Joe Biden’s Very Bad Friday: Dead Afghan Civilians, FDA Unapproved Booster, France Recalls Ambassador

WASHINGTON, DC - SEPTEMBER 17: U.S. President Joe Biden speaks during a conference call on climate change with the Major Economies Forum on Energy and Climate in the South Court Auditorium in the Eisenhower Executive Office Building on September 17, 2021 in Washington, DC. (Photo by Al Drago/Getty Images)
Al Drago/Getty Images

The Biden-Harris administration Friday suffered three crises, which includes droned Afghan civilians, unapproved of coronavirus booster, and the recalled French ambassador from the United States.

The Pentagon, for instance, admitted Friday that Biden’s retaliatory drone strike killed ten Afghan civilians, including seven children, but not any terrorists. The White House had previously claimed to have killed an ISIS fighter in the strike.

WASHINGTON, DC - SEPTEMBER 16: U.S President Joe Biden speaks during an event in the East Room of the White House September 16, 2021 in Washington, DC. Biden spoke about the U.S. economy, taxes and the middle class during the event. (Photo by Win McNamee/Getty Images)

U.S President Joe Biden speaks during an event in the East Room of the White House September 16, 2021 in Washington, DC. (Win McNamee/Getty Images).

Defense Secretary Lloyd Auston said he apologized for the misinformation and will try to do better next time. “We apologize, and we will endeavor to learn from this horrible mistake,” he said.

The droning of civilians adds to Biden’s deadly withdrawal, which left 13 U.S. servicemembers dead, billions-of-dollars of equipment abandoned to the Taliban, and between 100 to 5,000 American citizens and green card holds stranded behind enemy lines.

US Defense Secretary Lloyd Austin speaks to the press on August 18, 2021, at the Pentagon in Washington, DC. - Austin said Wednesday that US forces would evacuate as many people as possible from the Kabul airport as thousands pressed to leave after the Taliban takeover of the country. (Photo by Olivier DOULIERY / AFP) (Photo by OLIVIER DOULIERY/AFP via Getty Images)

US Defense Secretary Lloyd Austin speaks to the press on August 18, 2021, at the Pentagon in Washington, DC. (OLIVIER DOULIERY/AFP via Getty Images).

Shortly after the Pentagon admitted to killing Afghan civilians, “a panel advising the Food and Drug Administration voted to not recommend COVID booster shots for all Americans over 16, dashing an administration hope,” the Associated Press (AP) wrote.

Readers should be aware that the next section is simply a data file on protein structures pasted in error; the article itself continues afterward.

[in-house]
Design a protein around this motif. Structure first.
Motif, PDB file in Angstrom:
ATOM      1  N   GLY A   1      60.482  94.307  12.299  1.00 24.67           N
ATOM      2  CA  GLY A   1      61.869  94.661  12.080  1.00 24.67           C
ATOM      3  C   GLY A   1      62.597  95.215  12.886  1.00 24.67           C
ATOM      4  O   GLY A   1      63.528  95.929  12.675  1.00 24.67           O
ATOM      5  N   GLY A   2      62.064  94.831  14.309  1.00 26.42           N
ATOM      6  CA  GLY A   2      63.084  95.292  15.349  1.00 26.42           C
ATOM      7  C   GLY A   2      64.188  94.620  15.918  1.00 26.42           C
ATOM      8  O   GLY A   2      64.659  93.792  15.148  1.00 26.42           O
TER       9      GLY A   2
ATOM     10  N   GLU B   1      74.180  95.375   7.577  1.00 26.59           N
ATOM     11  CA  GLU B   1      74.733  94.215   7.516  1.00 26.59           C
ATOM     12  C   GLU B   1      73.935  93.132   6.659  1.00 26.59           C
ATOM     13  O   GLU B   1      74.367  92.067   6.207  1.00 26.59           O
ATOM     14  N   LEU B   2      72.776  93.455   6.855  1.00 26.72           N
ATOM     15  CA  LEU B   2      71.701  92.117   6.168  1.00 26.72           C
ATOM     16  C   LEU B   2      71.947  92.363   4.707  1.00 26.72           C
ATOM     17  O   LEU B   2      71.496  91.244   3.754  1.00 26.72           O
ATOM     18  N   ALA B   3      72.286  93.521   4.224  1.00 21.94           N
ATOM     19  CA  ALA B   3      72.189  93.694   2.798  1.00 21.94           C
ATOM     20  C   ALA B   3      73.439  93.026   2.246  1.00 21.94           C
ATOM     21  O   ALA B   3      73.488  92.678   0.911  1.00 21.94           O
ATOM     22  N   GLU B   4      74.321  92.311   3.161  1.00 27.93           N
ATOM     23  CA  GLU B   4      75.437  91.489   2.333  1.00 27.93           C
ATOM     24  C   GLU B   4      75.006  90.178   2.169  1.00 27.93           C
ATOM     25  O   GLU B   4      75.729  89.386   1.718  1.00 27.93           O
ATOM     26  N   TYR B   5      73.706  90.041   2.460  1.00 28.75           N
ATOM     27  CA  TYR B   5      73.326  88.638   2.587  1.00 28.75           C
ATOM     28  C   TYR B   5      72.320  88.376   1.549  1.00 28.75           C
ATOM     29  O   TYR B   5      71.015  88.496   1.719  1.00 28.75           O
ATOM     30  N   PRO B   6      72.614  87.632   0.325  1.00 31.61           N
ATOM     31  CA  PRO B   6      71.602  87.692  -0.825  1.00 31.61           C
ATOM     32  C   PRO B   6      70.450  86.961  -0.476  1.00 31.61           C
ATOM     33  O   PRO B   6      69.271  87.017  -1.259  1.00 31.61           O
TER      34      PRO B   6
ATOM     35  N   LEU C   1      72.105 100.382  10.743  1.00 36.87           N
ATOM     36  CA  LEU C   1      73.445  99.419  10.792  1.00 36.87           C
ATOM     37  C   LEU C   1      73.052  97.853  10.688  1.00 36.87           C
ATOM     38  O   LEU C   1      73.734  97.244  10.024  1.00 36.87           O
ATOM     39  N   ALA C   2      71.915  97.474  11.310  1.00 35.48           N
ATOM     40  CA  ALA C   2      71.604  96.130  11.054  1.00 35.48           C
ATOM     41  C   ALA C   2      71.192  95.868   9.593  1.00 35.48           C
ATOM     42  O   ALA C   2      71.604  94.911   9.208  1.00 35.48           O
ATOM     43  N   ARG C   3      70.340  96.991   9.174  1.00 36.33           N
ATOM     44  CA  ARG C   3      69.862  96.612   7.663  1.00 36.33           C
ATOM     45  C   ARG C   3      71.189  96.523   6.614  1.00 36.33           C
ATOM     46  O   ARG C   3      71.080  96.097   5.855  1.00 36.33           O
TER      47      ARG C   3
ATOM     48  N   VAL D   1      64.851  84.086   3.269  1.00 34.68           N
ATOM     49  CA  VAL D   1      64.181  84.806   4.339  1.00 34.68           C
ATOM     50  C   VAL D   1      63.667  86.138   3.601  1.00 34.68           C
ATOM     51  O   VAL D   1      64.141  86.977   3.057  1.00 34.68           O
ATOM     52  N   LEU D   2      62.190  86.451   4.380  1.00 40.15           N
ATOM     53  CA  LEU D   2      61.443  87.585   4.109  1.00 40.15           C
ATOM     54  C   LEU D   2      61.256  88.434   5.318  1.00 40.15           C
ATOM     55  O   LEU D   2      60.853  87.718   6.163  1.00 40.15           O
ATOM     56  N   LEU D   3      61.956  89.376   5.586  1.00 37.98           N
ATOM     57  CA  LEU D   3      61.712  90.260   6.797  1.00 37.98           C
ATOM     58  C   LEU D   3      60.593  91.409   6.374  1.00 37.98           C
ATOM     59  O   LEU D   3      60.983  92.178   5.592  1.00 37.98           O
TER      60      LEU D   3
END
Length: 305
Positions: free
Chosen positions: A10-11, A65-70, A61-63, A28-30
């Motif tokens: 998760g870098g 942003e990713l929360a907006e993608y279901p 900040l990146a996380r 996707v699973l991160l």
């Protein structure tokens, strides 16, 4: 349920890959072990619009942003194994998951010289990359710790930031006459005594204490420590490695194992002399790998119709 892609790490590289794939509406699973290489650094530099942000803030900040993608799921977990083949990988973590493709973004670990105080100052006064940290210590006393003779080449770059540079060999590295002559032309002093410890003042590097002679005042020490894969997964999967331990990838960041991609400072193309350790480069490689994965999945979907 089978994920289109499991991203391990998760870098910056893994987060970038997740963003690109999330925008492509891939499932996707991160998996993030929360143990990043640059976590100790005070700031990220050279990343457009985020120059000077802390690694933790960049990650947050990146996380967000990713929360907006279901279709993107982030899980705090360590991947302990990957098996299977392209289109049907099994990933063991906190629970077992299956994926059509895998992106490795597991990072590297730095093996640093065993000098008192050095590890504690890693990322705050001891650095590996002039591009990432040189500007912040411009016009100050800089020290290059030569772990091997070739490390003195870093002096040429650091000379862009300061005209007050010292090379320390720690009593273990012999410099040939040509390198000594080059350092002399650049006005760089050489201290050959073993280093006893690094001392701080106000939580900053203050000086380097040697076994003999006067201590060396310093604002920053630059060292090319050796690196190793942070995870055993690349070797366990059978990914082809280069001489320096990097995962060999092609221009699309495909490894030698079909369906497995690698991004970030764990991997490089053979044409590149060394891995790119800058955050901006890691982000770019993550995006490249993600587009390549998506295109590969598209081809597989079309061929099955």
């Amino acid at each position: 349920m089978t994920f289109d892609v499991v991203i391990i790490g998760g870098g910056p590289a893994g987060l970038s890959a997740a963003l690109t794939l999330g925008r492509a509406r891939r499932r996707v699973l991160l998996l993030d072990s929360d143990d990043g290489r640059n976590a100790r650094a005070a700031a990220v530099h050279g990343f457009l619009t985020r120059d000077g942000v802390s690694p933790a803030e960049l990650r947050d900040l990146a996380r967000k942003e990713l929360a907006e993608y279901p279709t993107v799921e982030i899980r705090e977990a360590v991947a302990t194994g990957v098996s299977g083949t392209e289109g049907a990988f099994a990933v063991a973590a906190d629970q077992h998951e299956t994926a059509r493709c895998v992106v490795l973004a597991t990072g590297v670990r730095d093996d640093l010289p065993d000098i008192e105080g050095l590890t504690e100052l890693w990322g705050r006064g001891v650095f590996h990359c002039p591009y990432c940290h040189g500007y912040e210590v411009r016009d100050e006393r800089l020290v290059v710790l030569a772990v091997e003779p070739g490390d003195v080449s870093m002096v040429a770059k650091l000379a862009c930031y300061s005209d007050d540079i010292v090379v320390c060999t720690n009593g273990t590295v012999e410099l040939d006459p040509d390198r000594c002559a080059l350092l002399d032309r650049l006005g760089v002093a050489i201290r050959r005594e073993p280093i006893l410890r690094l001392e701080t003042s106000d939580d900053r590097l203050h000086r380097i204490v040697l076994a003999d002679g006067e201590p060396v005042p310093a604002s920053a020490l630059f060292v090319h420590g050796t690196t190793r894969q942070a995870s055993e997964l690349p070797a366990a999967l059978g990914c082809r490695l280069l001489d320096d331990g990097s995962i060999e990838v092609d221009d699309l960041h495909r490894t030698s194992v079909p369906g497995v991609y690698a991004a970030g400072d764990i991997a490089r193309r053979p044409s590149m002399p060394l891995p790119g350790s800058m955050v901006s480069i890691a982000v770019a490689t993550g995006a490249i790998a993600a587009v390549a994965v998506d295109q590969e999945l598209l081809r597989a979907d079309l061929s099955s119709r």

Biden, who “proclaimed defeating the pandemic to be the central mission of his presidency,” has failed in that endeavor. The AP notes Biden’s presidency is now averaging 145,000 coronavirus cases per day, up from 8,500 per day three months ago.

As a result, the raging pandemic raging has cost Biden’s approval numbers. Reuters marked Biden’s approval rating on Friday the lowest of his presidency — 44 percent.

“The punishing headlines, all within an hour,” the AP writes, “underscored the … events that can define a term in office.” But the very bad news was compounded when France recalled its ambassador from the United States on Friday because Biden proved to be an “unreliable” partner, the AP noted. Biden is reported to have cut “France out of the alliance and scuttling its own submarine deal with Australia.”

BERLIN, GERMANY - JANUARY 10: French independent presidential candidate Emmanuel Macron speaks to students at Humboldt University on January 10, 2017 in Berlin, Germany. Macron, a former government minister and French Socialist, left the French Socialist Party (PS) and has since launched his own political initiative called "En Marche!". Macron was speaking on the future of French-German relations and the future of the European Union. (Photo by Sean Gallup/Getty Images)

French President Emmanuel Macron. (Sean Gallup/Getty Images).

With a United States ally so upset with Biden as to recalled ambassadors, the Biden-Harris administration is also facing an increasingly agitated congressional caucus over “infrastructure” differences.

The AP reports “it could be a formidable task to unite” the Democrats, like more temperate senators like Joe Manchin (D-WV) and Kyrsten Sinema (D-AZ), with Bernie Sanders (I-VT), who opposes any “infrastructure” proposal that would shrink his massive $3.5 trillion spending package.

U.S. Sens. Kyrsten Sinema (D-AZ) and Joe Manchin (D-WV). (AP Photo/Matt York); (Jim Watson/Pool via AP)

Biden and the two temperate senators met with Biden Thursday in which Sinema’s spokesman John LaBombard said of the discussions, “Today’s meeting was productive, and Kyrsten is continuing to work in good faith with her colleagues and President Biden as this legislation develops.”

The White House returned response, saying no deal was reached to pass the Trojan horse package, but the two sides will continue to negotiate:

Today, the president had productive individual meetings with Senator Sinema and Senator Manchin about his Build Back Better agenda. He is in regular touch with a wide range of House and Senate members and continues to engage with them as we move forward on the reconciliation package so we can deliver for middle class families.

Biden did not stay at the White House over the weekend to solve any of his crisis. “Biden plans to leave Washington, DC, early on Friday for a weekend vacation on the beach, even though Americans are still stuck in Afghanistan,” Breitbart News reported.

Follow Wendell Husebø on Twitter @WendellHusebø 

.

Please let us know if you're having issues with commenting.